At the book festival

A drive through the bright winter morning to sell my books at a book fair in the lovely Cotswold town of Evesham. Unfortunately when I got there I found no punters – plenty of other authors but nobody actually wanting to buy books.

This isn’t unusual for small press authors, events like this are often hit and miss. It’s in no way the organisers’ fault – they had made sure there was plenty of publicity both in the local media and by word of mouth, but sometimes, people just don’t come. Perhaps because of the location or the timing or whatever. So instead of talking to readers the authors talk to each other.

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Are book readers a dying breed?

When did you last see someone reading a book? Not someone you know, just someone you happened to pass who was reading.

Of course, I know it’s not a spectator sport, there wasn’t some point in history where the public used to gather in concert halls or football stadiums and hold mass book reading ceremonies. It’s always been a private activity, which takes place behind closed doors in small groups or in isolation, almost as though there is something shameful about it.

But I do feel that these days I just don’t see people reading books as much as I used to.

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Reviews for sale

Sigh – I came across a new low recently in the rapidly evolving book world – reviews for sale.

A random Twitter follower sent me a direct message asking if she might review one of my books on her blog. I didn’t know her, but then I have close to 27,000 Twitter followers so that’s not unusual. I checked out her book blog, it seemed superficially legit – there were reviews on there, it seemed to be regularly updated.

She didn’t use her name, just a pseudonym concerning her hair colour, but that didn’t seem too fishy – not everyone wants to be a public face. She described herself as a military wife, living somewhere in the USA, with a young family.

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Accidental author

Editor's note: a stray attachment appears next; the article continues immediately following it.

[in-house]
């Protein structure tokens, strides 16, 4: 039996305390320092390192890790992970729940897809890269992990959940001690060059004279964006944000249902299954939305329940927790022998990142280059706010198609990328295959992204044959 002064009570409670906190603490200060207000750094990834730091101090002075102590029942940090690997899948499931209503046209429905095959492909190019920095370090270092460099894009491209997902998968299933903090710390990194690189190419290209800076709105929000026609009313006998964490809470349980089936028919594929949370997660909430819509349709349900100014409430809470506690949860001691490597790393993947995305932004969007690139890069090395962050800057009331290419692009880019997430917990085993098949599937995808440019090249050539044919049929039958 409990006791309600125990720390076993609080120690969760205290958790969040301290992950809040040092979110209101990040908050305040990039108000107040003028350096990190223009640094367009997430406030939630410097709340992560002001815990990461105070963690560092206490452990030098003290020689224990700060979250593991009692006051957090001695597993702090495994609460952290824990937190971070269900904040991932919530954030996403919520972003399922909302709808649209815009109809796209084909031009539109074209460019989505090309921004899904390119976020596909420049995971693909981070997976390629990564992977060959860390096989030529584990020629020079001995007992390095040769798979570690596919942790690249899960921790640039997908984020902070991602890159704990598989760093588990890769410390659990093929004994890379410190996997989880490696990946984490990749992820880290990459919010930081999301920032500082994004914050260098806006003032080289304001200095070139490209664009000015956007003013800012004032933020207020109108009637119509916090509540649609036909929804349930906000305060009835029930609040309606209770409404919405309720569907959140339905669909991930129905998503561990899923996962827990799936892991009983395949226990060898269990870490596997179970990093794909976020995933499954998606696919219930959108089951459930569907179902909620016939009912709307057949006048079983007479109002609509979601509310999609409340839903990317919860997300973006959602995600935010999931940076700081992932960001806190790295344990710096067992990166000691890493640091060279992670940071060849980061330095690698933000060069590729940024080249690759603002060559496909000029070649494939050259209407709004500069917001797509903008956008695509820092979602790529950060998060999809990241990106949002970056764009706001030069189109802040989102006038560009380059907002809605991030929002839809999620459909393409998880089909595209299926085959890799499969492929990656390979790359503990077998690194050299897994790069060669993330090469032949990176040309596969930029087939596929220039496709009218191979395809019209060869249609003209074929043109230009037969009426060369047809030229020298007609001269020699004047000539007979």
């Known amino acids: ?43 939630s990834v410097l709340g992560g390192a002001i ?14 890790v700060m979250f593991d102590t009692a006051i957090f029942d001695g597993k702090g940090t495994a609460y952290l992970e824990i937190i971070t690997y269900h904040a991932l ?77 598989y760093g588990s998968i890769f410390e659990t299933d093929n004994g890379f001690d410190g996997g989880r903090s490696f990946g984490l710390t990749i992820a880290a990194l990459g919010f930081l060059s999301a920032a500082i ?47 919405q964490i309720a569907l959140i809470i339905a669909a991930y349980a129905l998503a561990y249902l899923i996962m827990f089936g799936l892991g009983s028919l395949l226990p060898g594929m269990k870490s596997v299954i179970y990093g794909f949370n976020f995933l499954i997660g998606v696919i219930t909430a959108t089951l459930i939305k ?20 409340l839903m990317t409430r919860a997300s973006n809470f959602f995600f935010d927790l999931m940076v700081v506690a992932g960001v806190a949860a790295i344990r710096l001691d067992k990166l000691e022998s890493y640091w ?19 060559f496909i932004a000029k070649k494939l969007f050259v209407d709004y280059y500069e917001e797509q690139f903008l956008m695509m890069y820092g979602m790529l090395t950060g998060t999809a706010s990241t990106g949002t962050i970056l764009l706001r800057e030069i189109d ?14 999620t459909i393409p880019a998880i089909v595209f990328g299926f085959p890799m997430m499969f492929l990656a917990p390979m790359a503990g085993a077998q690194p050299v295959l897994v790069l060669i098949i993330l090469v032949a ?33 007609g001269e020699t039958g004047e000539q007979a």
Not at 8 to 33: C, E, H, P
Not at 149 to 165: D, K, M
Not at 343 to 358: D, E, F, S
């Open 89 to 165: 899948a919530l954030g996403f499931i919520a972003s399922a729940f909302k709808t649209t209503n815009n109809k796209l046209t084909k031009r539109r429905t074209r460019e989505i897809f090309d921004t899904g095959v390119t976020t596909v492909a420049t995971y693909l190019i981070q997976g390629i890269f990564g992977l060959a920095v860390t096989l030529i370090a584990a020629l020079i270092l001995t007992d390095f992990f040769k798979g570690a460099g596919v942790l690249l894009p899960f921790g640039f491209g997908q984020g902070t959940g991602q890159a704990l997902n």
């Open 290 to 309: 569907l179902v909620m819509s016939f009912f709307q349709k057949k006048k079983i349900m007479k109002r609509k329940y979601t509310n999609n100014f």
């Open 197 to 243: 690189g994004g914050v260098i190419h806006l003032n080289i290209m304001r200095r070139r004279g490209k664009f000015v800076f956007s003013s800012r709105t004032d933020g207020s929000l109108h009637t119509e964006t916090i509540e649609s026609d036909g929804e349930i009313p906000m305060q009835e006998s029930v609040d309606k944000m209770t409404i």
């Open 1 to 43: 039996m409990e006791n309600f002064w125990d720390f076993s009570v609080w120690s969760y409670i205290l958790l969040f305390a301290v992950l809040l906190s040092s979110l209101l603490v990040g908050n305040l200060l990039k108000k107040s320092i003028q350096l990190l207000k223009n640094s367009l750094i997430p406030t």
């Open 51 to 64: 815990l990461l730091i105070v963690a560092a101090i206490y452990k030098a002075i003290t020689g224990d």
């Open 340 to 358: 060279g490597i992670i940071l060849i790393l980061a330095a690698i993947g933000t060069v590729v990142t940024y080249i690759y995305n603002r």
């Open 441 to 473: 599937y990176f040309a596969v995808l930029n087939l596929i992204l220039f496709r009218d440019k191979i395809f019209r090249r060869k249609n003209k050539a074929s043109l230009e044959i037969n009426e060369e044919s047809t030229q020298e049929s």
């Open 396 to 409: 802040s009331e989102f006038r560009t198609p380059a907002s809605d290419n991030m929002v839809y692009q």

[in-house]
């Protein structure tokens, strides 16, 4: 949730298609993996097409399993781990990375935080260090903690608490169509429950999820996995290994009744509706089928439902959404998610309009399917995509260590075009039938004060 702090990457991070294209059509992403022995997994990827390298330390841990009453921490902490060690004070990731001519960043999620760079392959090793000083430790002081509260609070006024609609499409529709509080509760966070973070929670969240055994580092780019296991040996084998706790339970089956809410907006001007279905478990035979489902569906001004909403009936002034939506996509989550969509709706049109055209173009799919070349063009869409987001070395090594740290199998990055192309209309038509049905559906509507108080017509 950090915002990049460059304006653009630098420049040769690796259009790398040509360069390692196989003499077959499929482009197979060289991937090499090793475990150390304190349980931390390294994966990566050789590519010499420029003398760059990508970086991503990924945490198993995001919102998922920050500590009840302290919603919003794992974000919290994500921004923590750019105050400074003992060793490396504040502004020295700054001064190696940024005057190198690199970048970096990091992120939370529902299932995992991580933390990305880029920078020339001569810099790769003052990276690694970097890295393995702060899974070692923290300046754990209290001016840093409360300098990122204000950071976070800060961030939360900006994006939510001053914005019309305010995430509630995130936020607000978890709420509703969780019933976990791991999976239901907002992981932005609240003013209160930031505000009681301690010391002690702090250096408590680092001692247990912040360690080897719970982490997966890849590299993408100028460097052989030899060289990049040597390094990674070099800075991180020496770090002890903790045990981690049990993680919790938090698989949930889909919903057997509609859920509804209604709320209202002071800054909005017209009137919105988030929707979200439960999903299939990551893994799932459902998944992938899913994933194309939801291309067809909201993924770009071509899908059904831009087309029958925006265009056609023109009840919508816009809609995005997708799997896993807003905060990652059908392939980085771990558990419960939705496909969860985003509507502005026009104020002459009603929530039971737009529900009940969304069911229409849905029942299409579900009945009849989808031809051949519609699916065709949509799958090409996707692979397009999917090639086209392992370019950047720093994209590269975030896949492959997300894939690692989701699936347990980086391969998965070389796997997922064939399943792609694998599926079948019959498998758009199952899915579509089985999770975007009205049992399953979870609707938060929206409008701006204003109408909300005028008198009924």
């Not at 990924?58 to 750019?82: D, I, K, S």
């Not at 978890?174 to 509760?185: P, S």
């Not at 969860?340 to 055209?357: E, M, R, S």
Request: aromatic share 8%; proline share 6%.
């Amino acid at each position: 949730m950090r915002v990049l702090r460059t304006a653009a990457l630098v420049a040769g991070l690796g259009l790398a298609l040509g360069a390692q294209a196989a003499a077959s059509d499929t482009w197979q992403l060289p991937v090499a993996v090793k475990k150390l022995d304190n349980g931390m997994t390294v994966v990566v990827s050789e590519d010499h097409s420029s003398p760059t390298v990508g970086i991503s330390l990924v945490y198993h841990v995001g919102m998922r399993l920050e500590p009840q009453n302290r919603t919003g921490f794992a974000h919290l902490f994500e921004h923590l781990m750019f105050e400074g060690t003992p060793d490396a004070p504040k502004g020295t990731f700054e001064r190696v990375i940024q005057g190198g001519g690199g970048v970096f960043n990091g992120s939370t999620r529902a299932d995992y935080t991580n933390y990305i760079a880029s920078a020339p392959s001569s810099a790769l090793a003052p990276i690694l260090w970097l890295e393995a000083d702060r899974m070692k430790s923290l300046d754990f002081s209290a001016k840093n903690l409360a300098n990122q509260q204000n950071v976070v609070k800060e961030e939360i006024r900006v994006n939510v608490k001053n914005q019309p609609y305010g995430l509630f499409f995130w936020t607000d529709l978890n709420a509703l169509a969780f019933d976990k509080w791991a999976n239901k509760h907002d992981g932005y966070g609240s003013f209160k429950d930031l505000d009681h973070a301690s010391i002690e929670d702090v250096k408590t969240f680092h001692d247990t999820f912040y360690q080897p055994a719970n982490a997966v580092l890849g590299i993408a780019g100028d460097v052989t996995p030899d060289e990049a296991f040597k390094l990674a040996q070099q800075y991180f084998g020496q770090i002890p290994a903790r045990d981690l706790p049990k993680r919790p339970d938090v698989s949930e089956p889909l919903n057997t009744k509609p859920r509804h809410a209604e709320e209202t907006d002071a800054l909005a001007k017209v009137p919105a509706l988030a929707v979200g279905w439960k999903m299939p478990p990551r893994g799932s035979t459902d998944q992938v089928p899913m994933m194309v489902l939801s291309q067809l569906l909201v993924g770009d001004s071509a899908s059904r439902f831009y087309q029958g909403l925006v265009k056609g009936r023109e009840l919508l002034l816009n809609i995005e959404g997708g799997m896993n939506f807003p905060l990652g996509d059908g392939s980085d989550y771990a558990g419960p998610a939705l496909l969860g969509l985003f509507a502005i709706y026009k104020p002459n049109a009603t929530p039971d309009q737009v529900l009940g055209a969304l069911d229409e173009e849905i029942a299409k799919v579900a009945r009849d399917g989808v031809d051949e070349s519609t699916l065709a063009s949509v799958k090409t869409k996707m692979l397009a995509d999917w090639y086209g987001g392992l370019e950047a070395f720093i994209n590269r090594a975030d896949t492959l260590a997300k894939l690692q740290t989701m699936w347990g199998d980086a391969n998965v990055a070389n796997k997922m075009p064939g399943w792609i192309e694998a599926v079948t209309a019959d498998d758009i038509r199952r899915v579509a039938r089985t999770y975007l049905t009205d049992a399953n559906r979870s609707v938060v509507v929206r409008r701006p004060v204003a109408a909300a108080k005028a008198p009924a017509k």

The British novelist Barry Hines told a story of sitting in a staff room after giving a reading at a school in Lincolnshire when a member of staff asked him the weirdest question he had ever been asked about his writing.

“You know that novel you wrote, A Kestrel for a Knave” asked the teacher sitting next to him. “Did you write it on purpose or by accident?”

Hines was momentarily at a loss. He could just about grasp the idea of someone writing a few lines of verse by accident, but a whole novel? Thousands of words, years of work? That would be some accident.

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The value of authors

Recently I was interviewed by the amazing and successful author Jane Howard for her website, you can find that interview if you click here. And among other things she asked me which authors inspire me.

And what I said was this:

All authors inspire me – all of them, good ones, bad ones, self-published, small press, big publisher. I think writing books and stories is a tremendous thing for people to be doing, we hold a mirror up to society, we are its conscience and its soul. That’s no small thing to be involved in.

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Where do you get your ideas from?

When people ask me about writing, which sometimes they do, one of the questions they are most likely to ask is ‘where do you get your ideas from?’

It’s a tough one to answer, partly because I don’t think about the process very much and also because there isn’t just one place where ideas are floating around and we writers gather with our butterfly nets and haul them in. At least, I’m saying there is no such place, if there is let me know, it will make things a whole lot easier.

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Did you really mean that?

img_0019One of the hardest things to spot in your writing I think is when something hasn’t come out on the page the way you intended when you wrote it.

So you imply one thing, the reader infers another. It can happen in small subtle ways, or great big clunking ones – the character you intend as a noble hero can seem more of a villain for example. Why is it hard for the writer to spot? Because it’s still you doing the rewrites, and you still have your initial perception colouring your view.

Here’s an example, not from art but from life, of this effect in motion.

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